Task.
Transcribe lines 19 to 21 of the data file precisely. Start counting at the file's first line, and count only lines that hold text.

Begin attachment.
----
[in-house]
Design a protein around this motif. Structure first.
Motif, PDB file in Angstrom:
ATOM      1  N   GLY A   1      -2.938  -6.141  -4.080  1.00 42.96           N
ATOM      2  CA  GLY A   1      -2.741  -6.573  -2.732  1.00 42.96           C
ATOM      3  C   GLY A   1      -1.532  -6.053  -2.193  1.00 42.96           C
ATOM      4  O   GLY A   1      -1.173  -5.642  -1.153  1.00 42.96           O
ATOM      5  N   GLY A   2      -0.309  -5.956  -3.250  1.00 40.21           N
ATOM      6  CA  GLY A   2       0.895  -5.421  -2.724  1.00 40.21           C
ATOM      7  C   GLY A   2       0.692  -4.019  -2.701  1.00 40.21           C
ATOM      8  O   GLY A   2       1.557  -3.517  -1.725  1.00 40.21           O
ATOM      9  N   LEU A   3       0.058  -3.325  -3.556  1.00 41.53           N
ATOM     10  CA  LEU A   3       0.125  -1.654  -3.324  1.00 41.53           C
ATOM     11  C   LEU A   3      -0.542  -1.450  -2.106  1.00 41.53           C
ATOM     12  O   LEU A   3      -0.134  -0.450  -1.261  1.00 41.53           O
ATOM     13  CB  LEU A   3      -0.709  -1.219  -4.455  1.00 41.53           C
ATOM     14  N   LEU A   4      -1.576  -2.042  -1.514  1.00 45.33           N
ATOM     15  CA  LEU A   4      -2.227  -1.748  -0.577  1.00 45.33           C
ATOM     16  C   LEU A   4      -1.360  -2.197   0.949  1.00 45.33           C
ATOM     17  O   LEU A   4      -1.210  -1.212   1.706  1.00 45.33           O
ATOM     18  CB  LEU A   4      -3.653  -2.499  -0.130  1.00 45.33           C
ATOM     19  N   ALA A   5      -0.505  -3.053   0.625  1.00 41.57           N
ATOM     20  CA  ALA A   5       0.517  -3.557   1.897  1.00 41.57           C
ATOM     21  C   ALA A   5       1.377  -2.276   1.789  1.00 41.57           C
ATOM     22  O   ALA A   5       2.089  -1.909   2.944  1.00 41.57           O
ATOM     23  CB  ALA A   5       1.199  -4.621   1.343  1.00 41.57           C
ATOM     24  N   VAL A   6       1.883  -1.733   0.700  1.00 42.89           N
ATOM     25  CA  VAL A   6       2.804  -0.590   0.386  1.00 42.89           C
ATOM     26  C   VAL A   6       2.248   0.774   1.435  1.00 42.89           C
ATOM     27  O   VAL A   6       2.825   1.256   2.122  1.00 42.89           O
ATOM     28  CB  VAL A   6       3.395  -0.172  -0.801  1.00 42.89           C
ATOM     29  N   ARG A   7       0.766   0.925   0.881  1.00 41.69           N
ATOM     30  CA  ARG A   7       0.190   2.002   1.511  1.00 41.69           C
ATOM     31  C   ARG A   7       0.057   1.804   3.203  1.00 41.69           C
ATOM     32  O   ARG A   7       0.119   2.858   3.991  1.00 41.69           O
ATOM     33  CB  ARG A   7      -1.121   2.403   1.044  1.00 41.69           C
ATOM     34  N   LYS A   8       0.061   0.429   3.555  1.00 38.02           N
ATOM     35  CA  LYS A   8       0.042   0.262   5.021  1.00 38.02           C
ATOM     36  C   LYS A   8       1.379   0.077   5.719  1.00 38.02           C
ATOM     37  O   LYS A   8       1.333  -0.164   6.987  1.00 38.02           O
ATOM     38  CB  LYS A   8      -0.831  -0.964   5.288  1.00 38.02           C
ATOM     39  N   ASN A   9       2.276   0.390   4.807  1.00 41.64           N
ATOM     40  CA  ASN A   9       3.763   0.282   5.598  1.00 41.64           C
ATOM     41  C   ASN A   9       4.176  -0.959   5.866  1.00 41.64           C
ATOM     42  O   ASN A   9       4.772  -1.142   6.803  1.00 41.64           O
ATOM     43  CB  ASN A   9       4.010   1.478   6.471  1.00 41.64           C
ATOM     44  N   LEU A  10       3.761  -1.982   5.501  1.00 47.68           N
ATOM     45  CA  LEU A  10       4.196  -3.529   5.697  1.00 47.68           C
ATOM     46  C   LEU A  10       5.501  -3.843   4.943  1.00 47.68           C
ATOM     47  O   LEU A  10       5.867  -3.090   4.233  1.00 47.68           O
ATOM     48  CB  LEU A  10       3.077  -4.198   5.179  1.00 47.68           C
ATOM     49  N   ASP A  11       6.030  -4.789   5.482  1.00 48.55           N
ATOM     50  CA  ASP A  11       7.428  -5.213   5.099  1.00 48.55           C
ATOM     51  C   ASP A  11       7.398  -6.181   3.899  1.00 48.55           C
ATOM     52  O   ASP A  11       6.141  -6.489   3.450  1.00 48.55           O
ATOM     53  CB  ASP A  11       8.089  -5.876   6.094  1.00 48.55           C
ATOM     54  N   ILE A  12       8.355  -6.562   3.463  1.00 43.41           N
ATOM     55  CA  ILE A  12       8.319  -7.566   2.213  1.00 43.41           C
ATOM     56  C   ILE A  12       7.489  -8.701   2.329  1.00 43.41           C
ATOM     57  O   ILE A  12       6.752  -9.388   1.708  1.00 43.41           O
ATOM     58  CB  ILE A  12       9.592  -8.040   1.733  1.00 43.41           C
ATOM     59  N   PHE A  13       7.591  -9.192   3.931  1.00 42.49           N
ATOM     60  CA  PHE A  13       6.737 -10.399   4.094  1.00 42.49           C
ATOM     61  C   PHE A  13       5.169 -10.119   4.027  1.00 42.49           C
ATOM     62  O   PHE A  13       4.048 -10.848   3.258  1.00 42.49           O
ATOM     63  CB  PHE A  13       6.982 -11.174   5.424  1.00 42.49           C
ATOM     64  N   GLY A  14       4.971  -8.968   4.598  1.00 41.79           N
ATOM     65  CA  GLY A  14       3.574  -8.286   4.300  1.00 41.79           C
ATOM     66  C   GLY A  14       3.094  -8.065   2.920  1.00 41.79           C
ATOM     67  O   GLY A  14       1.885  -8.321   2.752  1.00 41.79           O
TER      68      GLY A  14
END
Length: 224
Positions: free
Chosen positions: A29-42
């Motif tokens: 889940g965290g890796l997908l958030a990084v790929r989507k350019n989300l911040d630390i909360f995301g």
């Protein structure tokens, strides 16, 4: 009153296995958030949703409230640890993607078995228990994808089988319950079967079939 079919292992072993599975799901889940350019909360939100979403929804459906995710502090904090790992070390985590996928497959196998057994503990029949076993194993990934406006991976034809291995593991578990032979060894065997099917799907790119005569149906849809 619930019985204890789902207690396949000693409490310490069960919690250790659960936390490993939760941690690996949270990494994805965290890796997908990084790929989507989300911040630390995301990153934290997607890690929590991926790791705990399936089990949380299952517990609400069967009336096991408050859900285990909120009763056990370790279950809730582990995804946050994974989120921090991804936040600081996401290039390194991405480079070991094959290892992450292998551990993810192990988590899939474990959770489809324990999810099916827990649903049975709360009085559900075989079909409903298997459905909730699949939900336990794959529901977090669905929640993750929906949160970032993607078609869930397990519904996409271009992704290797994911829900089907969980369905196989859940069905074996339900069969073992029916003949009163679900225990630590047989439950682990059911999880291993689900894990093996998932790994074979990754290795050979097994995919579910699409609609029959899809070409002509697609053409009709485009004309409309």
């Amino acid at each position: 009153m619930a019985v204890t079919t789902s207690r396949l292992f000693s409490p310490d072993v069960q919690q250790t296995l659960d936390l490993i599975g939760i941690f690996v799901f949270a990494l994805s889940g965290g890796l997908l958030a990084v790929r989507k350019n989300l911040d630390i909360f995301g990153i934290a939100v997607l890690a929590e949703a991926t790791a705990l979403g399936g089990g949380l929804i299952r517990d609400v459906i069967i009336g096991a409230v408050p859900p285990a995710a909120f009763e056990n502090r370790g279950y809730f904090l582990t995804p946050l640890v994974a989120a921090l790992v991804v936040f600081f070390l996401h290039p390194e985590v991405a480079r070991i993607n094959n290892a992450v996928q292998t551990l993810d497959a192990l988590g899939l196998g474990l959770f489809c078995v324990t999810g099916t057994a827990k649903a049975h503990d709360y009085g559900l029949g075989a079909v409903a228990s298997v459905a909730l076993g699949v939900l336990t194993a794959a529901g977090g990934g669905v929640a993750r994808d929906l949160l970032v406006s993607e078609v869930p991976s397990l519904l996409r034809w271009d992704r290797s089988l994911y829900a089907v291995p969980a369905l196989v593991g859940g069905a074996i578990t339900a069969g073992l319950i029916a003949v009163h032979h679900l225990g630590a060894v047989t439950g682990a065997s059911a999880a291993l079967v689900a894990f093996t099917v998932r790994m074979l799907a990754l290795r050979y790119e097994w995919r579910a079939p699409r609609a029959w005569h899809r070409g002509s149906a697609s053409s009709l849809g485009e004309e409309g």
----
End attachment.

ATOM     16  C   LEU A   4      -1.360  -2.197   0.949  1.00 45.33           C
ATOM     17  O   LEU A   4      -1.210  -1.212   1.706  1.00 45.33           O
ATOM     18  CB  LEU A   4      -3.653  -2.499  -0.130  1.00 45.33           C